How to Survive a Stroke with Bill Monroe – Upside of 40 with Sean Mooney

Listen to the episode here

Key Takeaways 

  • Certain medications for breaking up blood clots in the brain are only effective within the first few hours after symptoms appear
    • For this reason, go to the hospital as soon as you think you’re having a stroke
  • High blood pressure, high cholesterol and sleep apnea are leading stroke risk factors
  • Use the acronym BE FAST to remember the signs of a stroke:
    • Balance – sudden loss of
    • Eyes – blurred vision
    • Facial drooping
    • Arm weakness
    • Speech difficulty, slurred
    • Time to call 911 if these symptoms are present in any combination
  • 20% of strokes have no known cause

Intro                                                                      

Life Before a Stroke

  • Did Bill have any health problems before his stroke?
    • At age 46, he was overweight and had both high cholesterol and high blood pressure (210/160)
      • Plaque accumulates in arteries from high cholesterol causing them to narrow and become less flexible
  • Did doctors warn Bill of the risk for stroke?
    • “They had given me warnings, but at that point, it was white noise- sure. I didn’t think about it.”
    • 20% of strokes have no known cause

The Story of Bill’s Stroke

  • When Bill woke up on June 3, 2017, he noticed his left arm felt funny and that his left leg was wobbly
    • The left side of his face had also started drooping
    • He continued to lose functionality until 3 pm

If you think you’re experiencing a stroke…

  • Because I woke up with symptoms, it meant that I was outside the window for some meds that mediate effects of stroke”
    • Because of this – Go to the hospital as soon as symptoms appear
      • Certain medications for breaking up blood clots in the brain are only effective within the first few hours; it’s a very narrow window
      • The more quickly the clot starts dissolving, the quicker blood starts getting to the part of the brain that’s starving for it
  • Use an ambulance for transport: paramedics recognize stroke AND know which hospitals specialize in stroke care

The Aftermath of Bill’s Stroke

  • Bill was left with paralysis of the life side of his face as well as his arm/leg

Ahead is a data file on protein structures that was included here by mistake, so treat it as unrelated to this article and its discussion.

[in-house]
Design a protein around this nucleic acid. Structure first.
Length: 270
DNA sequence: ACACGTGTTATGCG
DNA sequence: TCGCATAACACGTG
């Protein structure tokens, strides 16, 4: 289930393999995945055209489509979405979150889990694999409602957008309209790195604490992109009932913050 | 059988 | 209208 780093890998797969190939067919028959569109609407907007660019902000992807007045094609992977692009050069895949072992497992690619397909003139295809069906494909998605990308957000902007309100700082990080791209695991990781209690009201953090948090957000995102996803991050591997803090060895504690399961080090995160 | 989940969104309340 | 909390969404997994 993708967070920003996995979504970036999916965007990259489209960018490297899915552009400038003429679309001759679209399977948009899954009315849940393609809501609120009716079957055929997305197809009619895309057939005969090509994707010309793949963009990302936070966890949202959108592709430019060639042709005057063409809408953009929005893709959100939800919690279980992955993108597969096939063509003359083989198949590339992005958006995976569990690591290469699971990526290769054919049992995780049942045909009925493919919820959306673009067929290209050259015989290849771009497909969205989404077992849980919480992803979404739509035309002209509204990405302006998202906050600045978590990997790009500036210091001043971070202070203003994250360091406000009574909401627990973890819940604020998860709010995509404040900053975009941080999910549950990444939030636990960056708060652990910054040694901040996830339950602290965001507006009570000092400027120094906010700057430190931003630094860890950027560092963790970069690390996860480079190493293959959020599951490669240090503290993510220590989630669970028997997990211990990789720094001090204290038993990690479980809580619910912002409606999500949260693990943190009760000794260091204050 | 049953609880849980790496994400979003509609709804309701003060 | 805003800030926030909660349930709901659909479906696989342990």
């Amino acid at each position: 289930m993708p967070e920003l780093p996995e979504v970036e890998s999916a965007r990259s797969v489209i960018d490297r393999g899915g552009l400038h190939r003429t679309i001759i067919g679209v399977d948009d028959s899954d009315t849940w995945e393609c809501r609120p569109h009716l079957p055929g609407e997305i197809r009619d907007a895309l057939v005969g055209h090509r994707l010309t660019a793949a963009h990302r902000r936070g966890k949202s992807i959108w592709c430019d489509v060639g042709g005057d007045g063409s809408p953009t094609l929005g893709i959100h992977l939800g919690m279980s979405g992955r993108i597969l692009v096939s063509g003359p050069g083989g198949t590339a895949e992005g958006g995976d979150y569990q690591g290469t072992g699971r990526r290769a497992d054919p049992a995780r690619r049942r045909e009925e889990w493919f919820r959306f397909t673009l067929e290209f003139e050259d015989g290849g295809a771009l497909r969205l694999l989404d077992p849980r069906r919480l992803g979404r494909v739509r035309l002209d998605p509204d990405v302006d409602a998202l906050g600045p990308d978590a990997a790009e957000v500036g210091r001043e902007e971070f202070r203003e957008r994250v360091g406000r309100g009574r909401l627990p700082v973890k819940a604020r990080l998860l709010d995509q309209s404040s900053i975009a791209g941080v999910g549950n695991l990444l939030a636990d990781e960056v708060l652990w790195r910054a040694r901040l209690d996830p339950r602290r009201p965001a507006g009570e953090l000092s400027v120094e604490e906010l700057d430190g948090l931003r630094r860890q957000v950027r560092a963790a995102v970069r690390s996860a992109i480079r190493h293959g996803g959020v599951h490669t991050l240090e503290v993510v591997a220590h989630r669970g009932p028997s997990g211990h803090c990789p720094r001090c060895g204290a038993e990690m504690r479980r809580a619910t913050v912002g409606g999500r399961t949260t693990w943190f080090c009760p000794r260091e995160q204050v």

• A couple of days after the stroke, Bill began his rehab
  • A few notes on the rehab process:
    • Nerves have to regrow to teach the brain how to talk to muscles again
    • In rehab, the goal is to bring back the brain-muscle connections through movement
      • Movement provides the signal/data that’s then sent back to the brain so it can start building new connections
      • Nerves that fire together, wire together!
    • The term “muscle memory” isn’t entirely accurate because memory is in the brain, not the muscles
    • The fastest recovery happens in the first couple of months
    • Rehab pace varies based on:
      • Where the stroke occurred in the brain
      • How you were wired to begin with
      • ATTITUDE
    • Progress is NOT limited to what you do during the first two months
      • Bill is still getting function back 2 years later

How has Bill changed the way he takes care of himself?

  • He watches his cholesterol and tries to keeps his blood pressure down
  • He focuses much more on exercise
  • He focuses on sleep
    • Getting poor sleep can contribute to weight gain which, in turn, increase the risk for stroke

The 5 Key Lessons Bill Learned from His Stroke Recovery Process

  • Repetition is how the brain learns
    • Do physical and occupational exercises as often as you can – they build connections in the brain
  • Solve life’s everyday problems like they’re puzzles
  • Be responsible for your own recovery
    • Therapists are not with you 24/7- “The only one that can make it happen is me”
  • Prioritize sleep
    • The brain needs downtime for “maintenance”
    • If you’re not getting good sleep, your brain can’t make crucial repairs or build new nerve connection
  • Celebrate small victories
    • Celebrate the little things along the way (like being able to bend your wrist or make a fist) – it makes the recovery process so much easier

Closing Advice from Bill

  • Know your numbers – blood pressure, cholesterol, and blood sugar
  • Use the acronym BE FAST to remember the signs of a stroke:
    • Balance – sudden loss of
    • Eyes – blurred vision
    • Facial drooping
    • Arm weakness
    • Speech difficulty, slurred
    • Time to call 911 if these symptoms are present in any combination
  • Don’t get best, get better
    • “You don’t have to be the best at everything you do, just get a little better every day”
  • Be positive – mental attitude helps with recovery
  • Don’t wait for something catastrophic to occur to make changes to your lifestyle
    • “There might not be tomorrow”
  • According to the CDC, 800,000 Americans suffer strokes every year – about 140,000 will die annually
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